Seizures in Dogs: What Causes Them and How We Treat Them
Witnessing a seizure in your dog can be a scary event. No dog owner wants to see their beloved fur friend experiencing a seizure. Knowing more about their cause can help ease fears we face as pet owners. Seizures in dogs are a type of brain disorder, and there are multiple reasons why a pet may be having them.
The team at Oakland Veterinary Referral Services is here to clarify this condition and provide insight into the causes of and treatments for seizure.
What Is a Seizure?
A seizure is abnormal brain activity, a rapid occurrence of electrical impulses of the brain and uncontrolled muscle spasms. We don’t completely understand the exact mechanisms of this condition, but there are a number of factors linked to seizures. A seizure can either be a grand mal seizure, affecting all four limbs, or a focal seizure that impacts one side of the body.
Common conditions that create a seizure episode:
Idiopathic epilepsy is an inherited disorder that starts to display symptoms between the ages of 6 months to 6 years. This form of epilepsy is diagnosed in certain breeds more often, such as Labrador Retrievers, Poodles, Golden Retrievers, Dachshunds, and Beagles, among others.
What Happens During a Seizure
If your dog has a prolonged seizure, these occur for more than 5 minutes. Cluster seizures are when two or more seizures occur within a 24-hour time span.
A seizure has specific phases associated with their symptoms and duration. The first stage accompanies behavior changes that produce restlessness and anxiety.
From there, stage two is when the seizure is happening. Seizures can last between a few seconds to several minutes.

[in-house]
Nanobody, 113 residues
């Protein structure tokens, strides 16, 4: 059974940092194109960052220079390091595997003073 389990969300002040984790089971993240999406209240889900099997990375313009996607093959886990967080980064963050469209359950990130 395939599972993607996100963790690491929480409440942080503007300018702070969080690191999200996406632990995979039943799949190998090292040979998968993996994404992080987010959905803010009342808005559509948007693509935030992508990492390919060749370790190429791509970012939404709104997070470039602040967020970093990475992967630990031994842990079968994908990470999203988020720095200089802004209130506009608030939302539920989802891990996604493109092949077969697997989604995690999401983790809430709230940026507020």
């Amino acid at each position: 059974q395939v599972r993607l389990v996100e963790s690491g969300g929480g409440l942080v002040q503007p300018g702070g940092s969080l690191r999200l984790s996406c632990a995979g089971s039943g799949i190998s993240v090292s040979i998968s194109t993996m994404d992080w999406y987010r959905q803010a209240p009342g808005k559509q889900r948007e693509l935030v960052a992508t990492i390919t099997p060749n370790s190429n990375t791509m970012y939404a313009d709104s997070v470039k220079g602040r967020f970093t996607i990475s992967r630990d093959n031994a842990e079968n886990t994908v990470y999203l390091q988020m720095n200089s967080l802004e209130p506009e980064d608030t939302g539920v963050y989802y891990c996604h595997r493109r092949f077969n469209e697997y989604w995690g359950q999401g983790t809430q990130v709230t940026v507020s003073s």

Stage 3 concludes the seizure. During this recovery time, your dog may be disoriented, uncoordinated, anxious, and salivate more. Some pets experience temporary blindness.
Diagnosing and Treating Seizures in Dogs
To diagnose your canine, your veterinarian performs a thorough examination, as well as ordering lab testing. Treatment includes medication combined with supportive care and complementary therapies like acupuncture. There are a few medications on the market that effectively treat seizures. These include Phenobarbital and Zonisamide.
Another type of treatment relies on what your dog eats. A diet that includes medium-chain fatty acids as a fat source may be able to decrease seizures in some dogs.
When Your Dog Has a Seizure
During the seizure, you can help keep your dog safe and calm by following these instructions.
- Remain calm and keep your dog as calm as possible by using a reassuring voice and touch.
- Keep track of the time it begins and finishes, so that you can pass the information on to your veterinarian.
- Do not attempt to hold down your dog or grab their tongue (despite the popular myth, they do not swallow it).
- Cushion your pet’s head and remove any obstacles around them, while stroking their fur.
Your dog may sound like they are in pain or defecate or urinate, but they aren’t in pain and elimination is a result of the muscle spasms. Call your veterinarian after the seizure to discuss the episode for their medical records.
If you would like more information about seizures in dogs, or would like to schedule an appointment, please phone us. A seizure can look frightening to a pet owner who loves their canine companion. But there are many ways we can treat them to give your furry friend the best possible life.